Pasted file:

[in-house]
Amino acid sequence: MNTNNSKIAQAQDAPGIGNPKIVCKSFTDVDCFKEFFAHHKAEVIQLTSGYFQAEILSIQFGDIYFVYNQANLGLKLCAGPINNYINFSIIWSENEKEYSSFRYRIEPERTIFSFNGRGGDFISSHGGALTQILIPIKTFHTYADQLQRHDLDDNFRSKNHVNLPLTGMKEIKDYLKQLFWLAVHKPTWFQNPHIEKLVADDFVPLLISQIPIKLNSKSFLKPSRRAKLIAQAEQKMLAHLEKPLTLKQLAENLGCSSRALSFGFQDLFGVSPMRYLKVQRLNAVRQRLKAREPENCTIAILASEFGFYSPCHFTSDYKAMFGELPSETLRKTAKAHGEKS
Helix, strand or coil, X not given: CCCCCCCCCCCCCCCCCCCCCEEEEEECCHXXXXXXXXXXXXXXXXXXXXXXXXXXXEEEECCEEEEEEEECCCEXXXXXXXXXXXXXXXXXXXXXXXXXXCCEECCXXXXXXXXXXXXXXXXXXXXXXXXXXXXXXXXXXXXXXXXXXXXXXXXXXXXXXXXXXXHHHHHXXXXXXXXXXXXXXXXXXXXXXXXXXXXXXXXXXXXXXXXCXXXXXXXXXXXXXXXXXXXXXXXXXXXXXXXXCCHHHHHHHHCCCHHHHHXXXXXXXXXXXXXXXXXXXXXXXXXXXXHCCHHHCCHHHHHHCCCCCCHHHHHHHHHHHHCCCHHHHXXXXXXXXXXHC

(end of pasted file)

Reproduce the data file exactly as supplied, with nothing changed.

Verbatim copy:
[in-house]
Amino acid sequence: MNTNNSKIAQAQDAPGIGNPKIVCKSFTDVDCFKEFFAHHKAEVIQLTSGYFQAEILSIQFGDIYFVYNQANLGLKLCAGPINNYINFSIIWSENEKEYSSFRYRIEPERTIFSFNGRGGDFISSHGGALTQILIPIKTFHTYADQLQRHDLDDNFRSKNHVNLPLTGMKEIKDYLKQLFWLAVHKPTWFQNPHIEKLVADDFVPLLISQIPIKLNSKSFLKPSRRAKLIAQAEQKMLAHLEKPLTLKQLAENLGCSSRALSFGFQDLFGVSPMRYLKVQRLNAVRQRLKAREPENCTIAILASEFGFYSPCHFTSDYKAMFGELPSETLRKTAKAHGEKS
Helix, strand or coil, X not given: CCCCCCCCCCCCCCCCCCCCCEEEEEECCHXXXXXXXXXXXXXXXXXXXXXXXXXXXEEEECCEEEEEEEECCCEXXXXXXXXXXXXXXXXXXXXXXXXXXCCEECCXXXXXXXXXXXXXXXXXXXXXXXXXXXXXXXXXXXXXXXXXXXXXXXXXXXXXXXXXXXHHHHHXXXXXXXXXXXXXXXXXXXXXXXXXXXXXXXXXXXXXXXXCXXXXXXXXXXXXXXXXXXXXXXXXXXXXXXXXCCHHHHHHHHCCCHHHHHXXXXXXXXXXXXXXXXXXXXXXXXXXXXHCCHHHCCHHHHHHCCCCCCHHHHHHHHHHHHCCCHHHHXXXXXXXXXXHC